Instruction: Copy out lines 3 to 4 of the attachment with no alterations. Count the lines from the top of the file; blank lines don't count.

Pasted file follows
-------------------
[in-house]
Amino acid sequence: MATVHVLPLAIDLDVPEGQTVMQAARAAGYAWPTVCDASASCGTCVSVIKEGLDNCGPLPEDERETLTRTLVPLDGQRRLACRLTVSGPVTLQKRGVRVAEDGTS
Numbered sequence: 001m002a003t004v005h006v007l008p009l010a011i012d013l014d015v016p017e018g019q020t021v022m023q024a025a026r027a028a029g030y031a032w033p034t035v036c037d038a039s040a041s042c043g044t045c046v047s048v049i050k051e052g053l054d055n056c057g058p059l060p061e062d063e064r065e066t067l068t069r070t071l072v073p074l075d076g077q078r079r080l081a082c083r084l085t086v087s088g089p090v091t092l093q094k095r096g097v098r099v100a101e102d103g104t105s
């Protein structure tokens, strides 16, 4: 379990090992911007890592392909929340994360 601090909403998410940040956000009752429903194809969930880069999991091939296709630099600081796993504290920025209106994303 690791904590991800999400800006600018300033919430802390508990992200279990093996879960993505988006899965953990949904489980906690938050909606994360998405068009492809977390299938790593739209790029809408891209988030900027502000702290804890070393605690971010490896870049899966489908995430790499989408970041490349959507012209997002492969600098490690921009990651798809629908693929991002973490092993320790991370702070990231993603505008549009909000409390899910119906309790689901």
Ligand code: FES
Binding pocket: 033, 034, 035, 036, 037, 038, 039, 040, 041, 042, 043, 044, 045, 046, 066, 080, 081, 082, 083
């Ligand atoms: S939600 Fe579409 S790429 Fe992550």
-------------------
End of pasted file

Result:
Numbered sequence: 001m002a003t004v005h006v007l008p009l010a011i012d013l014d015v016p017e018g019q020t021v022m023q024a025a026r027a028a029g030y031a032w033p034t035v036c037d038a039s040a041s042c043g044t045c046v047s048v049i050k051e052g053l054d055n056c057g058p059l060p061e062d063e064r065e066t067l068t069r070t071l072v073p074l075d076g077q078r079r080l081a082c083r084l085t086v087s088g089p090v091t092l093q094k095r096g097v098r099v100a101e102d103g104t105s
């Protein structure tokens, strides 16, 4: 379990090992911007890592392909929340994360 601090909403998410940040956000009752429903194809969930880069999991091939296709630099600081796993504290920025209106994303 690791904590991800999400800006600018300033919430802390508990992200279990093996879960993505988006899965953990949904489980906690938050909606994360998405068009492809977390299938790593739209790029809408891209988030900027502000702290804890070393605690971010490896870049899966489908995430790499989408970041490349959507012209997002492969600098490690921009990651798809629908693929991002973490092993320790991370702070990231993603505008549009909000409390899910119906309790689901």